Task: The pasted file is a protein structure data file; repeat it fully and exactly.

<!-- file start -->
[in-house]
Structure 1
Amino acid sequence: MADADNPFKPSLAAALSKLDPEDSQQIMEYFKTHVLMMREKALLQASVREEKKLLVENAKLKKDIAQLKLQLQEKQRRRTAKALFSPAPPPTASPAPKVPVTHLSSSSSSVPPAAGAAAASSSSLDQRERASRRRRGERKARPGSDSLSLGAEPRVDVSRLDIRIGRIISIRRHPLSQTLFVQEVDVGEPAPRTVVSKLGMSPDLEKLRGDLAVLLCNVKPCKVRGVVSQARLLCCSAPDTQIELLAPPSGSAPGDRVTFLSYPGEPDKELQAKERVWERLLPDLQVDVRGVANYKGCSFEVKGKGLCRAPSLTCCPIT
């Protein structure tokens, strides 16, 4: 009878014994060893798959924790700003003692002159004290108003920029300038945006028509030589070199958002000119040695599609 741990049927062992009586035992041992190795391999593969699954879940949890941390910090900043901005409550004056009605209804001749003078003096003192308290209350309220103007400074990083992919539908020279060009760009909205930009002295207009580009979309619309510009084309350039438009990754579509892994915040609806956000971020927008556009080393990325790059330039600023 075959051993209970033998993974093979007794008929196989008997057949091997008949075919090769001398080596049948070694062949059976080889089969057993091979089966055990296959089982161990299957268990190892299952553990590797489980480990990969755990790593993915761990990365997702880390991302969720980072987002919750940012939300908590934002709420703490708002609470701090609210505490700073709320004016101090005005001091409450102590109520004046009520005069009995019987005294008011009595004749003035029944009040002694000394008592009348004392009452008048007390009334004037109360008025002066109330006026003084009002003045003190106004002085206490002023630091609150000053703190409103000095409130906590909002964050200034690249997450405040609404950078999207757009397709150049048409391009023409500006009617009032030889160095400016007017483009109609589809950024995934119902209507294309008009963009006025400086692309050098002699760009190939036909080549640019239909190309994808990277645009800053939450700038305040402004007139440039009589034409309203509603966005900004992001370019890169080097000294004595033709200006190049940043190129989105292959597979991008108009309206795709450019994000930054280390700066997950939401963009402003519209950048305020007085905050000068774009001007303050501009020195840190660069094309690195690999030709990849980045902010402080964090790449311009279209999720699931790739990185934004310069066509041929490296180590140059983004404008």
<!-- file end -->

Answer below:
[in-house]
Structure 1
Amino acid sequence: MADADNPFKPSLAAALSKLDPEDSQQIMEYFKTHVLMMREKALLQASVREEKKLLVENAKLKKDIAQLKLQLQEKQRRRTAKALFSPAPPPTASPAPKVPVTHLSSSSSSVPPAAGAAAASSSSLDQRERASRRRRGERKARPGSDSLSLGAEPRVDVSRLDIRIGRIISIRRHPLSQTLFVQEVDVGEPAPRTVVSKLGMSPDLEKLRGDLAVLLCNVKPCKVRGVVSQARLLCCSAPDTQIELLAPPSGSAPGDRVTFLSYPGEPDKELQAKERVWERLLPDLQVDVRGVANYKGCSFEVKGKGLCRAPSLTCCPIT
């Protein structure tokens, strides 16, 4: 009878014994060893798959924790700003003692002159004290108003920029300038945006028509030589070199958002000119040695599609 741990049927062992009586035992041992190795391999593969699954879940949890941390910090900043901005409550004056009605209804001749003078003096003192308290209350309220103007400074990083992919539908020279060009760009909205930009002295207009580009979309619309510009084309350039438009990754579509892994915040609806956000971020927008556009080393990325790059330039600023 075959051993209970033998993974093979007794008929196989008997057949091997008949075919090769001398080596049948070694062949059976080889089969057993091979089966055990296959089982161990299957268990190892299952553990590797489980480990990969755990790593993915761990990365997702880390991302969720980072987002919750940012939300908590934002709420703490708002609470701090609210505490700073709320004016101090005005001091409450102590109520004046009520005069009995019987005294008011009595004749003035029944009040002694000394008592009348004392009452008048007390009334004037109360008025002066109330006026003084009002003045003190106004002085206490002023630091609150000053703190409103000095409130906590909002964050200034690249997450405040609404950078999207757009397709150049048409391009023409500006009617009032030889160095400016007017483009109609589809950024995934119902209507294309008009963009006025400086692309050098002699760009190939036909080549640019239909190309994808990277645009800053939450700038305040402004007139440039009589034409309203509603966005900004992001370019890169080097000294004595033709200006190049940043190129989105292959597979991008108009309206795709450019994000930054280390700066997950939401963009402003519209950048305020007085905050000068774009001007303050501009020195840190660069094309690195690999030709990849980045902010402080964090790449311009279209999720699931790739990185934004310069066509041929490296180590140059983004404008």